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Discussion Starter #1
While working on the hydraulic unit of my SMG, one of the crush washers for the pressure supply line to the unit was inadvertently lost. No big deal, I'll get another one... Except that upon looking up the part #, a replacement crush washer (23017838941) is $80. Yeah... A $0.50 washer being sold for $80.

So, I went to my local BMW dealer and asked for a replacement without giving the part # (because who tf would pay $80 for a crush washer??) and the guy brought back a part that pretty closely resembles the original.. same thickness (~1.375 mm), same inner diameter (~12 mm + clearance), but the outer diameter is a little smaller. I don't remember what the exact number was on the OD, but it was enough to tell visually... maybe 0.5 mm. So, I installed it. Seems ok.

However, the original washer is pretty much exactly the same as the copper crush washers for the oil drain plugs... the only difference being that the material is different.

Does anyone have any suggestions regarding using the slightly smaller washer vs using one that's the same as original, but made of copper instead?

I've heard that copper is actually better for sealing, but other materials are sometimes used in certain areas because they're more forgiving to over-torque. Not sure if the SMG washers are aluminum or some kind of plated steel, but I'm guessing aluminum.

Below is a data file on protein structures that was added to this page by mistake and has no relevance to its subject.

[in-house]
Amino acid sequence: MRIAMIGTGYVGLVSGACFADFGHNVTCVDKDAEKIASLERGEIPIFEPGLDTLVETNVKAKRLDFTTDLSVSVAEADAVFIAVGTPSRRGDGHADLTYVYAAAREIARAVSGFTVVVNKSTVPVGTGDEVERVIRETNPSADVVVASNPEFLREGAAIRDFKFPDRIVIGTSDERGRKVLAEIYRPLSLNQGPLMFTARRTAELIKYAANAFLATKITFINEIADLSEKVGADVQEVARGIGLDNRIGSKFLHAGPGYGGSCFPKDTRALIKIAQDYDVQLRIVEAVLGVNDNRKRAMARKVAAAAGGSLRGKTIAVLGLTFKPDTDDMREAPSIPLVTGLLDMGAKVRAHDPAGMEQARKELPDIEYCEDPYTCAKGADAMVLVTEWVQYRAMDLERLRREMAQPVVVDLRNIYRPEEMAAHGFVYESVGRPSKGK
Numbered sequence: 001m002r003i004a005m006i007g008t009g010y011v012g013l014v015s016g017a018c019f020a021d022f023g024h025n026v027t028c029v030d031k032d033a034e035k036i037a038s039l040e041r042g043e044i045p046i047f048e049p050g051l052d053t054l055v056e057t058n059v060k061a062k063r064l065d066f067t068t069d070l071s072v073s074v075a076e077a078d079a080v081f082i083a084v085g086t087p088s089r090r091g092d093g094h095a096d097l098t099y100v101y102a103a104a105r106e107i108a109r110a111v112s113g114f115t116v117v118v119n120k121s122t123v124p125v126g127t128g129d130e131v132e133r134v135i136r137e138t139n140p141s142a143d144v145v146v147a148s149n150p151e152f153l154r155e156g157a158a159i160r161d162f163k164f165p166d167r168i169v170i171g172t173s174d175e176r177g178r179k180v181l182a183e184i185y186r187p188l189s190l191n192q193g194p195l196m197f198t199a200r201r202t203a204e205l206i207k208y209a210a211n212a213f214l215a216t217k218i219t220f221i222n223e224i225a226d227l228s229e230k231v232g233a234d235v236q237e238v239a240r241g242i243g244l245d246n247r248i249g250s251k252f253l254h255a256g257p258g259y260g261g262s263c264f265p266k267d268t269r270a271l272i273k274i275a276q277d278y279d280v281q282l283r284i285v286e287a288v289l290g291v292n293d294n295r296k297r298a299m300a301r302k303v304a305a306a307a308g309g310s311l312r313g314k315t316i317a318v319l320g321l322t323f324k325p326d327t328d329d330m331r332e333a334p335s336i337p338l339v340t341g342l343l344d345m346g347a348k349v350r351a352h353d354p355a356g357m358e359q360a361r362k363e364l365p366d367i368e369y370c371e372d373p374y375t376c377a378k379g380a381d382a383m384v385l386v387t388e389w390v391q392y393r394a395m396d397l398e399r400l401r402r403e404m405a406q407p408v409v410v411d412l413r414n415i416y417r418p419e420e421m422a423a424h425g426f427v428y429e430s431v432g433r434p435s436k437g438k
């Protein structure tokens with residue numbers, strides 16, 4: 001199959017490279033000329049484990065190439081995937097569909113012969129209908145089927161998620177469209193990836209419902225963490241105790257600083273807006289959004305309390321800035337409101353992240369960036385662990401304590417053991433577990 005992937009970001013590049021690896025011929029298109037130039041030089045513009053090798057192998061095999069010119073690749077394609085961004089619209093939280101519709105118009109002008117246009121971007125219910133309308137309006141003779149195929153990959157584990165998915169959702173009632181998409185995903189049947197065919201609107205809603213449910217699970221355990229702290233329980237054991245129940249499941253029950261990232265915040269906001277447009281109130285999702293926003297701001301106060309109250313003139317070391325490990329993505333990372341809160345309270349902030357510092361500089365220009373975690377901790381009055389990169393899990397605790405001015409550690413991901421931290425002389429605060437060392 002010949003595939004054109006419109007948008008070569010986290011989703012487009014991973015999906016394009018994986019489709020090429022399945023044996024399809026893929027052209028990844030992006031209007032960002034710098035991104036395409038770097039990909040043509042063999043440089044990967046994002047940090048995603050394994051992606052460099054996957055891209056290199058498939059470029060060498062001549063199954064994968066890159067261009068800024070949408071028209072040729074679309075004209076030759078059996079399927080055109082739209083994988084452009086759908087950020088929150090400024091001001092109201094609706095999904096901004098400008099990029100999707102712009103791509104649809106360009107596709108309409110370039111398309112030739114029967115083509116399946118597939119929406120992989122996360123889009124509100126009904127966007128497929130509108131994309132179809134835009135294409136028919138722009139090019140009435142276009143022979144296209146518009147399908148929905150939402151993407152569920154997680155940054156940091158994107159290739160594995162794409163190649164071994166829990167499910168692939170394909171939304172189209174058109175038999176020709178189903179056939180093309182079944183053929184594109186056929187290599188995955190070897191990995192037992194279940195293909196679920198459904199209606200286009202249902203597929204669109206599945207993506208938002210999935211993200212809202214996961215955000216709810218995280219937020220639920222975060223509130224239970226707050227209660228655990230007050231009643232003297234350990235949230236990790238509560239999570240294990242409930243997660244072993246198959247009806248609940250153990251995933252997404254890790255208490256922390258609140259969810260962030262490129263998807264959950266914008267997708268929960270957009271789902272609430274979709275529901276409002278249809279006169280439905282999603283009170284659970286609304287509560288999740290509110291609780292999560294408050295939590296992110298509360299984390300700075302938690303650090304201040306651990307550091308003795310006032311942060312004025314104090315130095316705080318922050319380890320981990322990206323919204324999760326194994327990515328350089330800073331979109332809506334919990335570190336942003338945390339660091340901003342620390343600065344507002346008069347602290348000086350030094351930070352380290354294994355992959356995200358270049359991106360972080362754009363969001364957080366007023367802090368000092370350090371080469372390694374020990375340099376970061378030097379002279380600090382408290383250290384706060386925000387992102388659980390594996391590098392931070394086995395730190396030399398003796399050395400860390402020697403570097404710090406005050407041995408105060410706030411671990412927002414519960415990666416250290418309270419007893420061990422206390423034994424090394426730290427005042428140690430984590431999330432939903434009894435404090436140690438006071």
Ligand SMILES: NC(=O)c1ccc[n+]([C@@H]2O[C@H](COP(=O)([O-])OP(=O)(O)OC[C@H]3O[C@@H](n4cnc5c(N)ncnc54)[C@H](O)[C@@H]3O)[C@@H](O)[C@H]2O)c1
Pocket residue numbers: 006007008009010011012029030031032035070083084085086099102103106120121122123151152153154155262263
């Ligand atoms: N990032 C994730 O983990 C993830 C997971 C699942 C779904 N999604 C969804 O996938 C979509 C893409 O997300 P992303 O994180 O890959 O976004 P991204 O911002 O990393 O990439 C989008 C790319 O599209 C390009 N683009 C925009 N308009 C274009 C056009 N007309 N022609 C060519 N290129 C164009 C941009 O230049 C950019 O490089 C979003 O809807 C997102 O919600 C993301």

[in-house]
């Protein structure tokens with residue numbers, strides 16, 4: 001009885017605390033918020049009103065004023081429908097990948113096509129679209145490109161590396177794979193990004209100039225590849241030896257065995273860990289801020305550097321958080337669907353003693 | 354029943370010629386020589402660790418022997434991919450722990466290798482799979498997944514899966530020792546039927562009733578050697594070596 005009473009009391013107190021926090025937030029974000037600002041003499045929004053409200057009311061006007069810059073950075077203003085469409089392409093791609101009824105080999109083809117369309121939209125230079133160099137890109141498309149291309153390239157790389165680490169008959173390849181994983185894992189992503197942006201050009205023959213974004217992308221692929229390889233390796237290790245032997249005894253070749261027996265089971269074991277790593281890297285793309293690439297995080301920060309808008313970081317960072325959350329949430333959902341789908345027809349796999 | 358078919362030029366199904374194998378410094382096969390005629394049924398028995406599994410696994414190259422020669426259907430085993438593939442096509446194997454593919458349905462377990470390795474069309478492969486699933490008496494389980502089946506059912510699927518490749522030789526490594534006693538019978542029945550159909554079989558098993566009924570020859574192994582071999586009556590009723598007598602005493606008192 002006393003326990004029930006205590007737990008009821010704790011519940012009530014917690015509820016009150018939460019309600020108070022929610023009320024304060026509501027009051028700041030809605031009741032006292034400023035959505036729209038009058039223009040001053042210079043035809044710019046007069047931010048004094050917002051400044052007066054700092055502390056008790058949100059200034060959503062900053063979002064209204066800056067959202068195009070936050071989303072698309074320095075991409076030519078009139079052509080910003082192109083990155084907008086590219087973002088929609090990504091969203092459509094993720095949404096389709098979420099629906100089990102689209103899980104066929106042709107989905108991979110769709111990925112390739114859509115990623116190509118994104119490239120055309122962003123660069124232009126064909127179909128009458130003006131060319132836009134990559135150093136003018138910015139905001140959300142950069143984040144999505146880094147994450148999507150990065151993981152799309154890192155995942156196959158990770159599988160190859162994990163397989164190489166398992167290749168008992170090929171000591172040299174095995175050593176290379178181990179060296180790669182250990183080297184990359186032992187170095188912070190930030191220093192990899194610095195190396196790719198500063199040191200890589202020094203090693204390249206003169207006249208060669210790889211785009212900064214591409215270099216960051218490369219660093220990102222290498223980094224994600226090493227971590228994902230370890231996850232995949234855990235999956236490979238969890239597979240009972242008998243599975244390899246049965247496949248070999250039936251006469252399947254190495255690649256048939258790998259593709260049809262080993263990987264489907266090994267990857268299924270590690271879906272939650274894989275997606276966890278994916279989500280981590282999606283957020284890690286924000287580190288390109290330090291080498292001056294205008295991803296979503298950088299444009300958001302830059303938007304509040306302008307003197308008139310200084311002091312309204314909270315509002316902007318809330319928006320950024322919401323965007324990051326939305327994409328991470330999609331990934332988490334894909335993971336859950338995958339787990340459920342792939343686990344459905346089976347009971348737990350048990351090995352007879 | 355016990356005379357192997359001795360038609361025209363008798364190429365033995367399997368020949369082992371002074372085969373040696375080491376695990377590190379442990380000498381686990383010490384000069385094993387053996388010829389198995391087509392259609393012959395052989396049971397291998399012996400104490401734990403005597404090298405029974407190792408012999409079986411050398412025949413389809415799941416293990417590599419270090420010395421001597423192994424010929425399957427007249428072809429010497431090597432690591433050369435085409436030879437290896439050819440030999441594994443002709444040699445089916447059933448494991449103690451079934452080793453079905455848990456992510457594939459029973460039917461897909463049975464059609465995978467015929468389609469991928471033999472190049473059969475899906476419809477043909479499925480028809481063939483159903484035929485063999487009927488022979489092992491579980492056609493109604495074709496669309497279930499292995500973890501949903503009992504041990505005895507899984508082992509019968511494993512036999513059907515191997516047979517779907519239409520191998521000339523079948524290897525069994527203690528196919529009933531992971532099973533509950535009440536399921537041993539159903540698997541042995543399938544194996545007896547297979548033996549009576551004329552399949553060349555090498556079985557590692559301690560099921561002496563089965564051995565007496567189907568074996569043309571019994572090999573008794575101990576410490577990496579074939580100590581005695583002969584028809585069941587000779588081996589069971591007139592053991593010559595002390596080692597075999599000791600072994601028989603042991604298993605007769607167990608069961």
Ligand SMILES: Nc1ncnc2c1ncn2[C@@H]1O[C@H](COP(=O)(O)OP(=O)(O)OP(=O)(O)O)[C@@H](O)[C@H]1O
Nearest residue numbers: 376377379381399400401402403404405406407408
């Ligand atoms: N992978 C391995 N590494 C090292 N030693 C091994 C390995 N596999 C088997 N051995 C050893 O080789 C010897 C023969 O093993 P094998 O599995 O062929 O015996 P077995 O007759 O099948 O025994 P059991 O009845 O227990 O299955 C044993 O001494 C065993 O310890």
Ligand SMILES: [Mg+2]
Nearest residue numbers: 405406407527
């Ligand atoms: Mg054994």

935158
 

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I'm curious about this too. I noticed also that they seem to be aluminum, I never planned to replace them with aluminum ones either, I was planning on using copper. Copper is more malleable than aluminum, but more expensive of a material. $80 is absurd. Absent other special reasons or some special piece of knowledge, the only reason for the washers is to ensure a tight seal for this high pressure hydraulic line. Copper washers in banjo bolts applications are used all the time.
 

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Discussion Starter #3
Sounds to me like it's insurance against a shop worker over torquing the banjo on soft copper in a difficult to reach area. Over torque a copper washer on a drain plug and that's an easy fix. Over torque it on the SMG and now you're looking at removing exhaust, shields, and disconnecting the driveshaft to lower the transmission enough to get to it. Then you're running through a full adaptation for the SMG after replacing it.
 

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Discussion Starter #4
I don't think there's any problem with the replacement washer I used, though. If anything, there will be more pressure applied due to the slightly smaller surface area of the washer. And I'm also thinking that, perhaps, the slightly smaller washer was a purposeful design change meant for a seal that applies more pressure.
 

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Aluminum is cheaper and does not create a potential difference between the metals. I have reused hundreds of these in my work and have had very few problems.